The exterior displays two of Street’s fingerprints:  (i) a continuous string course beneath the windows which steps up in stages towards the east, eventually to reach a height of about 10' (3 m.) from the ground;  and (ii) a fenestration almost entirely comprising lancets, either in loose groups of two or three as around the nave and chancel (where encircled quatrefoils above are randomly set diagonally or vertically) or more formally in pairs within encompassing arches as around the apse. The steeple has a tall, square lower stage, perhaps 24' (≈ 7 m.) high, followed by a short transitional stage converting to an octagonal section, a shorter octagonal bell-stage with openings separated by shafts alternately of orange and white sandstone, and a little spire with a gabled lucarne in the secondary intercardinal directions (i.e. west-northwest, north-northwest, etc.).  The lean-to W. narthex abutting the steeple, is supported on three broad columns with very large Italian Gothic capitals, carved with figures and animals in the cardinal directions and leaf volutes in the ordinal directions.  The W. door in the wall behind is formed of a lancet-pointed arch carrying a roll and a flat chamfer, the latter supported on columns with leaf capitals.  A smaller door to the north leads directly into the steeple.


Inside the building, the masonry is enlivened with an ochre band running beneath the windows, a second about 15" (38 cms.) higher up, and a third at the springing level.  The most immediately striking individual feature is the large, ostentatiously cinquefoil-cusped chancel arch.  The chancel is approached up a single step but there are four more up to the altar.  The organ chamber (if that is what it once was - at the time of this visit, it was little more than an untidy glory-hole) opens through a wide double-flat-chamfered arch, and a two-bay sedilia recessed in the S. wall opposite, consists of trefoil-cusped arches supported by an intervening black stone column with a stiff-leaf capital. The chancel and sanctuary floors show the usual increasing elaboration of the tiling patterns from west to east, the nave and chancel have wagon roofs, and the apse has a splayed roof nicely painted in red, blue and green (as illustrated above).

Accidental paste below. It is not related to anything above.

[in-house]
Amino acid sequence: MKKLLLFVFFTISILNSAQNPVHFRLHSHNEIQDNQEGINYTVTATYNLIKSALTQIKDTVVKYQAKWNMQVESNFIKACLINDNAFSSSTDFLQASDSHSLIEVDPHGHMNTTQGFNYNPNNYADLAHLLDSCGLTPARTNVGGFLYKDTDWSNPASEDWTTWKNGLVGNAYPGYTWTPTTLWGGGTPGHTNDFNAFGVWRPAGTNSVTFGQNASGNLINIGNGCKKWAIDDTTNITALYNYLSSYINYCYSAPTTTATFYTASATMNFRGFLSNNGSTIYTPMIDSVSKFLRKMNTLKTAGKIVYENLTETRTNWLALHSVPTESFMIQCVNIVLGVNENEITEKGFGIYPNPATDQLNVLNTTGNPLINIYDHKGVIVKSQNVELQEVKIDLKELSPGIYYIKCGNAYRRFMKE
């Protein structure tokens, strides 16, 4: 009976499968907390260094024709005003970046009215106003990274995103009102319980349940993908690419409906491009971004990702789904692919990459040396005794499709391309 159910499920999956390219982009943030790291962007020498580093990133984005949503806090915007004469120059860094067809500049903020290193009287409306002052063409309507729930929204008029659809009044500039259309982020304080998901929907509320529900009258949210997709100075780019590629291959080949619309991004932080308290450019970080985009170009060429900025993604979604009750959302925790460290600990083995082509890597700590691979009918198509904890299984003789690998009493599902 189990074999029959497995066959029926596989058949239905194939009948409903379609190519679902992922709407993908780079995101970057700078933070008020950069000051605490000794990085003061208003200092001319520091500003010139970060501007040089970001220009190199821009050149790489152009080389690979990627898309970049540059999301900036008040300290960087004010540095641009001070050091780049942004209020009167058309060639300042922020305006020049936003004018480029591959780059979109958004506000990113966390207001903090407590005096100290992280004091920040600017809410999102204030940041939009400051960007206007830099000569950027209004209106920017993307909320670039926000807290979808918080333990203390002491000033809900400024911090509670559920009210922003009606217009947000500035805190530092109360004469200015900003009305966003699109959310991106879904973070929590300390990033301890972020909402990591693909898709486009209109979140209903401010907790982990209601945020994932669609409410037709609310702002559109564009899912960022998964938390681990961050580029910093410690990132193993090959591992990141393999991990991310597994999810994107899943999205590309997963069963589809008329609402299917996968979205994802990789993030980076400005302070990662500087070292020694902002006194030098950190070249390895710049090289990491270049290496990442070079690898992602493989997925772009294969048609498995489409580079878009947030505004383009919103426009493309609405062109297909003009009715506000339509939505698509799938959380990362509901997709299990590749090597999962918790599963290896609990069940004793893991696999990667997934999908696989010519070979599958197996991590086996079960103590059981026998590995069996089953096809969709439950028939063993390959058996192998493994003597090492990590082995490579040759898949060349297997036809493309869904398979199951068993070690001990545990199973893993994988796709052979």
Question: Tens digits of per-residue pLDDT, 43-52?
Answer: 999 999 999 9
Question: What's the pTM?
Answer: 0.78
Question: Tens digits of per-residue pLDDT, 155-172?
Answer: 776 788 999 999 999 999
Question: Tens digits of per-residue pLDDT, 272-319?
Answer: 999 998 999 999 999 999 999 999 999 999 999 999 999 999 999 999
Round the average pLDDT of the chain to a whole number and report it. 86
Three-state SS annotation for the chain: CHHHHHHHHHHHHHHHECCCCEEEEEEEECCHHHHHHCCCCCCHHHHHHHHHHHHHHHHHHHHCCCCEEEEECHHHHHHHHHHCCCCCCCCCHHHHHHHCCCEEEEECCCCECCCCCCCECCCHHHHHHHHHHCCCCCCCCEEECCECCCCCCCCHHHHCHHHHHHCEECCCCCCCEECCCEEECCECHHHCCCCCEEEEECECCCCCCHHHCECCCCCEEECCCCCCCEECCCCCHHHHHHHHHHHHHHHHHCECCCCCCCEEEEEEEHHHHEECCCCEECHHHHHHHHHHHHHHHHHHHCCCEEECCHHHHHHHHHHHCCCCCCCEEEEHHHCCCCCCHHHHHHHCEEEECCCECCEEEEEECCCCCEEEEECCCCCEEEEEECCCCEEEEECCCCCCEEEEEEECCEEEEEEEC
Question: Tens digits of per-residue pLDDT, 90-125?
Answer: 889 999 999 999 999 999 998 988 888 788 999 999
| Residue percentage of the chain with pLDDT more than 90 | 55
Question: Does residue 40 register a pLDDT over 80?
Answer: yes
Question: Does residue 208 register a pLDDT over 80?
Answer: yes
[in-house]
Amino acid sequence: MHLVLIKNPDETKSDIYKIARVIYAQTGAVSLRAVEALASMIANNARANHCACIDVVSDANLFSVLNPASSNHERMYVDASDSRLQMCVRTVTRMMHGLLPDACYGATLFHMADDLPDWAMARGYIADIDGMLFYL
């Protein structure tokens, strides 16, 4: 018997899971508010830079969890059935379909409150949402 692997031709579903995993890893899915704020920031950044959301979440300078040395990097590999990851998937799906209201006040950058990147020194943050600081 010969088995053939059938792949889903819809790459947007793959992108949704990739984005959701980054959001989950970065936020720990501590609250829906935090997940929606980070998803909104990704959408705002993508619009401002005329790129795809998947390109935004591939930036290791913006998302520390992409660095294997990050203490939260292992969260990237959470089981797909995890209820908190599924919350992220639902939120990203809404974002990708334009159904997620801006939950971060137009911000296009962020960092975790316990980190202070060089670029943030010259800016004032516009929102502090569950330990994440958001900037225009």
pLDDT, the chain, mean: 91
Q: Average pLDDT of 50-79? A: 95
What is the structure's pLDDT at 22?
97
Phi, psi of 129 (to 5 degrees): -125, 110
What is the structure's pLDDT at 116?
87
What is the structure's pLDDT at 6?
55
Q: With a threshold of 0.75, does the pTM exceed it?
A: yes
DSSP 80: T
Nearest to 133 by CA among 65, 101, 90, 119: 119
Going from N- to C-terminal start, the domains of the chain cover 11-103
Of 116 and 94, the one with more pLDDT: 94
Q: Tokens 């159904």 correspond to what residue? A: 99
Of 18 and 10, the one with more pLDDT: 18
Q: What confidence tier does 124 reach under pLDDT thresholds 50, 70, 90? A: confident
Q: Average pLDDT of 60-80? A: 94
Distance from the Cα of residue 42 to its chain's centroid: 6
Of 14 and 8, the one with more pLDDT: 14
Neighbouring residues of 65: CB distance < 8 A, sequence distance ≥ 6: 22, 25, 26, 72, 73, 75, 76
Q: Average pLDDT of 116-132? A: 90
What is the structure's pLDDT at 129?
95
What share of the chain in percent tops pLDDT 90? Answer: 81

Other furnishings include the font (shown above left) in the southwest corner of the nave, with flush marble patterns inlaid in the circular bowl and four coloured marble columns with leaf capitals surrounding the central stone support beneath:  it is attractive and well executed though lacking the exquisite bejewelled appearance of its companion piece at Whitwell-on-the-Hill.  However, the same 'marquetry' technique works to greater effect in the pulpit (above right), where the designs are closely spaced around the curved drum, and the beautiful reredos (below) is better still and the church’s finest individual item, formed of three carved stone circles with inlaid coloured marbles in the outer two.  Stained glass in the church is by Clayton & Bell and includes, around the apse, scenes from the life of Christ - in clockwise order, the Last Supper, the Transfiguration, the Crucifixion, the Deposition, Christ in Majesty, and what is possibly Christ with his disciples. 


[Other churches by Street featured on this web-site are Fimber and Wansford in the East Riding of Yorkshire, Toddington in Gloucestershire, East Heslerton, Helperthorpe, Robin Hood's Bay, Thixendale, West Lutton and Whitwell-on-the-Hill in North Yorkshire, Denstone in Staffordshire, Torquay in Torbay, Brightwalton and Eastbury in West Berkshire, and St. Mary Magdalene's Rowington Close and St. James's Thorndike Street in the City of Westminster.]